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On the characterisation and measurement of the welfare effects of income mobility from an ex-ante perspective

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  • Allanson, Paul

Abstract

The paper employs a rank-dependent formulation of the social welfare function with time-separable utilities to evaluate the economic consequences of income mobility from an ex-ante perspective. The resultant class of measures can be decomposed not only in terms of structural and exchange mobility but also in terms of vertical and horizontal mobility, thereby encompassing two of the main approaches in the literature. We illustrate our measurement framework by comparing mobility in the USA and Germany using data from the Cross-National Equivalent File 1980-2005. We find that the pattern of income mobility in the USA was both less pro-poor and more horizontally inequitable than in Germany, but that the latter did not translate into higher levels of exchange mobility given higher levels of absolute inequality and the vertical stance of the growth process.

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File URL: http://repo.sire.ac.uk/handle/10943/61
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Bibliographic Info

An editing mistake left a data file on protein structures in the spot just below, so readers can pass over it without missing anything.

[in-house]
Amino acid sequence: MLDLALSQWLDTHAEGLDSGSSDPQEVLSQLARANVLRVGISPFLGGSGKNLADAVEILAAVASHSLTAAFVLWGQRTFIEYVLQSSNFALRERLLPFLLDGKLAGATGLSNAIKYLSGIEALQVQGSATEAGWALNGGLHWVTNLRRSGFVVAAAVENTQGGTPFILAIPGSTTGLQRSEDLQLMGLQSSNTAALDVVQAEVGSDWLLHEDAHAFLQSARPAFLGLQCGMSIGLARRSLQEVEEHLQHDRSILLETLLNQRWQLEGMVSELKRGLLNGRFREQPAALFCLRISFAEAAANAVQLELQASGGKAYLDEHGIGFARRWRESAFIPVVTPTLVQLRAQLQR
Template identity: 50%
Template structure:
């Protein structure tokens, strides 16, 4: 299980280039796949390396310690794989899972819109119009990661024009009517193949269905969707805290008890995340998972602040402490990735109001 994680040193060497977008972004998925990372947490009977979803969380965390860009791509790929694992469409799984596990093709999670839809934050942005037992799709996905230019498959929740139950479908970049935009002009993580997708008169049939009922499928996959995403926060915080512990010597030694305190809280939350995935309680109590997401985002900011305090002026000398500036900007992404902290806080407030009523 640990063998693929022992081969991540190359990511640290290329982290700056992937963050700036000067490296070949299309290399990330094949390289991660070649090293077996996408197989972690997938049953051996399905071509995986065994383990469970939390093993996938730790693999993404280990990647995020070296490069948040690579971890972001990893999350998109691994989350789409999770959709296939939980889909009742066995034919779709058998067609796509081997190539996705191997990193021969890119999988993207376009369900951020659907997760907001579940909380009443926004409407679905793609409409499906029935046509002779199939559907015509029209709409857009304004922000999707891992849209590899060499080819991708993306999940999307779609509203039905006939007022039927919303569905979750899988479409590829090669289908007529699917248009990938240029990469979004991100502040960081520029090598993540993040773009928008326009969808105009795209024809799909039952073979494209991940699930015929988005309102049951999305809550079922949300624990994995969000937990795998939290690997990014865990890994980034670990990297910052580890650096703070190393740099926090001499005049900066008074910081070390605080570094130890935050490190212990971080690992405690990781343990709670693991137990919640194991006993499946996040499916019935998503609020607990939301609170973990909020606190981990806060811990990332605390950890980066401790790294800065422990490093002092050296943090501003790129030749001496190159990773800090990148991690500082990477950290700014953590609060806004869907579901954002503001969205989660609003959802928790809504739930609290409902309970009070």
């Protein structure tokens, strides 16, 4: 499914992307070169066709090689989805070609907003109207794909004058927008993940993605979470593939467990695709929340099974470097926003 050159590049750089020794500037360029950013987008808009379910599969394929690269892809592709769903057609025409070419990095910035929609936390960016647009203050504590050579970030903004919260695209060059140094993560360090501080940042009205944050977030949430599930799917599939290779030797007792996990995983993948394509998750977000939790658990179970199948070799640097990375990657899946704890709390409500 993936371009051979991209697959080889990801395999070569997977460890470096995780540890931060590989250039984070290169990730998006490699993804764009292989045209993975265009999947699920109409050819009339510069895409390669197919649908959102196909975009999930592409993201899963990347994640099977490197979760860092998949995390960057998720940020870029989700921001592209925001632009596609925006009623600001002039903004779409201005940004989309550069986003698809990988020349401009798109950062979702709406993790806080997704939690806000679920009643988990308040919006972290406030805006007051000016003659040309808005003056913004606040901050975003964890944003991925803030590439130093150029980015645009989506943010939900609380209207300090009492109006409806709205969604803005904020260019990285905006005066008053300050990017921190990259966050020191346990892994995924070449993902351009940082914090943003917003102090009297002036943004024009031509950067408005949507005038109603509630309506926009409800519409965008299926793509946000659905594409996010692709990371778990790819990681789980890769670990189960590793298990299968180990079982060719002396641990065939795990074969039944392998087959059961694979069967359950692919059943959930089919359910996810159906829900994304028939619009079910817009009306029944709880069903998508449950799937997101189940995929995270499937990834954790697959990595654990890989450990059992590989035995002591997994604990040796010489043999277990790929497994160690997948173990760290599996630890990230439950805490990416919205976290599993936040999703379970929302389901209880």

Paper provided by Scottish Institute for Research in Economics (SIRE) in its series SIRE Discussion Papers with number 2008-48.

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Date of creation: 2008
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Handle: RePEc:edn:sirdps:61

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Keywords: income mobility; ex-ante welfare analysis; USA; Germany;

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  1. Stephen P. Jenkins & Philippe VanKerm, 2003. "Trends in Income Inequality, Pro-Poor Income Growth and Income Mobility," Discussion Papers of DIW Berlin 377, DIW Berlin, German Institute for Economic Research.
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  8. Philippe Van Kerm, 2004. "What Lies Behind Income Mobility? Reranking and Distributional Change in Belgium, Western Germany and the USA," Economica, London School of Economics and Political Science, vol. 71(281), pages 223-239, 05.
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Cited by:
  1. Nicholas Rohde & Kam Ki Tang & Prasada Rao, 2010. "Income Inequality, Mobility And Economic Insecurity In Australia," Discussion Papers Series 407, School of Economics, University of Queensland, Australia.
  2. Nicholas Rohde & Kam Ki Tang & Prasada Rao, 2011. "Income volatility and insecurity in the U.S., Germany and Britain," Discussion Papers Series 434, School of Economics, University of Queensland, Australia.

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